Celebrating Colin Farrell’s Most ‘True Detective’ Roles
At the very least, the confirmed casting of Colin Farrell in the second season of True Detective mostly kills the Twitter hashtag, which, by this point, had gone past “dad joke” and reached the slim territory between “Jay Leno monologue” and “high school principal’s morning announcements.” But what shouldn’t be lost in the meta-discussion that has come to dominate the show — i.e., Has Nic Pizzolatto Ever Taken Off That Leather Jacket, Or Does He Sleep In It? — is that Farrell’s casting is good news.
Despite having been saddled with the unfair reputation of being a celebrity before an actor, Farrell’s been excellent before in films that, if they didn’t anticipate his role in True Detective, at least show he’s on that level.
In the past, Farrell’s main problem has been his erratic taste in work. For every Malick project and Spielberg part, he’s done a Dead Man Down or Total Recall, films that have no reason to exist, much less provide any showcase for his talent. And Farrell is talented. He can play tough, shrewd, rattled, or corrupt; there are few actors who cry better. But for some sense of what he might be like in True Detective, it’s best to zero in on two pieces of his career.
The first is his role in the underrated 2008 cop movie Pride and Glory, directed by Gavin O’Connor, who later capitalized on his promise with the excellent Warrior.
In Pride and Glory, Farrell plays Jimmy Egan, a police officer whose role in the killing of four other cops is not what it seems. Pride and Glory isn’t Charlie Kaufman, but it’s a viscerally thrilling take on the conventional corruption narrative, and Farrell’s role is a thorny one, requiring him to inspire sympathy and disgust in equal measures. His co-stars, Ed Norton and Noah Emmerich, get to be Guys Just Doing Their Best, keeping a straight face in a cruel world, whereas Farrell is trash — we know he’s trash, he knows he’s trash, but we’re still vulnerable to him. Pizzolatto loves nothing more than this kind of duality, this mixing of lights and darks, and it’s nothing Farrell hasn’t done before.
More telling, though, are the roles he’s played in two Martin McDonagh films, In Bruges and Seven Psychopaths. McDonagh’s one of our best working playwrights, and these movies, the only two he’s made, are hysterical, hyper-violent trips to the lunatic fringe. In In Bruges, Farrell plays an assassin stuck in Belgium with Brendan Gleeson, battling, in equal parts, his suicidal ideations and desire to get laid. In Seven Psychopaths, he’s a stopped-up screenwriter who — I’ll let IMDb take it from here — “inadvertently becomes entangled in the Los Angeles criminal underworld after his oddball friends kidnap a gangster’s beloved Shih Tzu.”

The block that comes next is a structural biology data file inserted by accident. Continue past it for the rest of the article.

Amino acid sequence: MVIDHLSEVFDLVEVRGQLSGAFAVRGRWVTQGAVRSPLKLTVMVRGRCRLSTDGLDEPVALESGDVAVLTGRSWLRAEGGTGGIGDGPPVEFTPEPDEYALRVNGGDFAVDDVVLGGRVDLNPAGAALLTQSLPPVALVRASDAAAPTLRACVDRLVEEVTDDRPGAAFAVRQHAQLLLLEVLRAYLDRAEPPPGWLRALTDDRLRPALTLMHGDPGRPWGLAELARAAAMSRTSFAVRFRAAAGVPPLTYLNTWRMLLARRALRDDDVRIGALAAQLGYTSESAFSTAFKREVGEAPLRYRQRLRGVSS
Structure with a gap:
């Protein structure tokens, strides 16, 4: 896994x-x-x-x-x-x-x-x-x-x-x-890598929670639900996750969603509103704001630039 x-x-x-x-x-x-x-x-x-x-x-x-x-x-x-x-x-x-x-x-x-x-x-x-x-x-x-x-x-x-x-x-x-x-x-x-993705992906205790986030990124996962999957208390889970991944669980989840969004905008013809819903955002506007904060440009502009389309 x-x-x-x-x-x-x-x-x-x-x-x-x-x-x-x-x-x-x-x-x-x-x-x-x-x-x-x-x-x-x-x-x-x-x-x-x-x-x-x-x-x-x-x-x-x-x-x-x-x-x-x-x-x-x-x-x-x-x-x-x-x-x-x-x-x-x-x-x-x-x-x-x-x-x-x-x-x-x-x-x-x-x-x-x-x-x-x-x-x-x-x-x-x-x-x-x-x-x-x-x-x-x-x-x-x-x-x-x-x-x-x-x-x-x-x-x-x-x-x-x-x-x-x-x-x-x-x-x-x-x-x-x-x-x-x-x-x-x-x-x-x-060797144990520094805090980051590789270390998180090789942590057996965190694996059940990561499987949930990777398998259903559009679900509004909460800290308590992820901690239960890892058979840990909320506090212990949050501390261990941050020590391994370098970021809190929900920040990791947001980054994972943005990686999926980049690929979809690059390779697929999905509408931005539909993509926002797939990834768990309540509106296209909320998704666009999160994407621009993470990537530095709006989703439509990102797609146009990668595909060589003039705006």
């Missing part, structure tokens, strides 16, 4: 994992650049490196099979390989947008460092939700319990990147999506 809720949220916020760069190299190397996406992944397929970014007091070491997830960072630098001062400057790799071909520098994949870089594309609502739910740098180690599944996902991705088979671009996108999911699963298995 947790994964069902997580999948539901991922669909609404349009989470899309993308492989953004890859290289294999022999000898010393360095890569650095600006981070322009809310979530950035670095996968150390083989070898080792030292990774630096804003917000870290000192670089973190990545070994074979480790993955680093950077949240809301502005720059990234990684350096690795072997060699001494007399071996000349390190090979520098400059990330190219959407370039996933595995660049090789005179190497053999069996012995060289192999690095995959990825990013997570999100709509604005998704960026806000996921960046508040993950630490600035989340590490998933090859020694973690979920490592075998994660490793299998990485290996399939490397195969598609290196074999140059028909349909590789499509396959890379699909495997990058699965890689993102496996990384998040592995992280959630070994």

Unlikely as it is that Pizzolatto’s grand plot for Season 2 revolves around stolen dogs, McDonagh’s work with Farrell offers us the best indication of what he could bring to True Detective. I like Pizzolatto just fine, but McDonagh’s one of the best dialogue writers in the universe, and his scripts are a symphony of insults and rejoinders that accumulate until they drive their characters insane. What follows are bursts of action that tend to rearrange the film entirely. McDonagh will pick up his movies and shake them like dollhouses.
In front of McDonagh’s camera, Farrell has done his best work, particularly as Ray in In Bruges. He manages at once to be both tortured and funny, a scamp with horrifying baggage. Pizzolatto burdens his characters to the point where normalcy seems absurd, but McDonagh keeps them constantly aware of what a normal life might be like. That’s even harder to play — you can’t quite go full carving-beer-cans-into-people when you’re still tiptoeing the void. Matthew McConaughey and Woody Harrelson — one of Farrell’s sparring partners in Seven Psychopaths, for what it’s worth — set the bar impossibly high. But at least Farrell has the toolbox to try to match it.
Kevin Lincoln (@KTLincoln) is a freelance writer living in Los Angeles.